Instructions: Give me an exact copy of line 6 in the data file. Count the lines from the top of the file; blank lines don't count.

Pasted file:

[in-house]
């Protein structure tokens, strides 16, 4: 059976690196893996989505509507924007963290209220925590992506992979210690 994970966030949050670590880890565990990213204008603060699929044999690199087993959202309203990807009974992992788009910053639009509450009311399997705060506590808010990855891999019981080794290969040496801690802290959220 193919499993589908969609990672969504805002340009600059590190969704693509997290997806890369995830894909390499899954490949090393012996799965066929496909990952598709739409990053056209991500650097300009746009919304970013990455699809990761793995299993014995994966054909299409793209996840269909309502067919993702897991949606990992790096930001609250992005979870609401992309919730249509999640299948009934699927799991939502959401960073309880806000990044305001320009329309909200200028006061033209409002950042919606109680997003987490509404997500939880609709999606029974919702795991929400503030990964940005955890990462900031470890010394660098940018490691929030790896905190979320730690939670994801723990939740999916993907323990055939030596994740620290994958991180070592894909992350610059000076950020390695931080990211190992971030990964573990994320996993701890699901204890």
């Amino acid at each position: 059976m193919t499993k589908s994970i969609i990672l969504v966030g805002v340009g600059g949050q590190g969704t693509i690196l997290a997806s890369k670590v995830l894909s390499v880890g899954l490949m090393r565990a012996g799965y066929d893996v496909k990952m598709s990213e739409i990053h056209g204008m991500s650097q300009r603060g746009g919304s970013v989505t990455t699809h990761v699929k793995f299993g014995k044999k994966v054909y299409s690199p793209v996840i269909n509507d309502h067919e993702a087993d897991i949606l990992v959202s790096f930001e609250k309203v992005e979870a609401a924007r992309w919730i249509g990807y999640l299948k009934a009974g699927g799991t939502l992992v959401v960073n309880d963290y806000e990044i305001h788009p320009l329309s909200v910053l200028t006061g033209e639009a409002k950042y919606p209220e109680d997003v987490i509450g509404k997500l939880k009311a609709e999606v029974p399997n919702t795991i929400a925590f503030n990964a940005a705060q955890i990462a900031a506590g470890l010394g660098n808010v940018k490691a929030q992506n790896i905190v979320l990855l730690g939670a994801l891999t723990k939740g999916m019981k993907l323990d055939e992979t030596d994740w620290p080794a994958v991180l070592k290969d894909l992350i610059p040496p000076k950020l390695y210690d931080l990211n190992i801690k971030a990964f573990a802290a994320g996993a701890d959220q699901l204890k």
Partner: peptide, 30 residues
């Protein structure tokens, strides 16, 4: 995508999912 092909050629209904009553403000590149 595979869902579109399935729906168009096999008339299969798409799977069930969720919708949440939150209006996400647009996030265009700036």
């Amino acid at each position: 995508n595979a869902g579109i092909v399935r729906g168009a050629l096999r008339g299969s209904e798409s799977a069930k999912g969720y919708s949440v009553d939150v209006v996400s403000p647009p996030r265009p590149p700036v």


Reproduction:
């Amino acid at each position: 995508n595979a869902g579109i092909v399935r729906g168009a050629l096999r008339g299969s209904e798409s799977a069930k999912g969720y919708s949440v009553d939150v209006v996400s403000p647009p996030r265009p590149p700036v």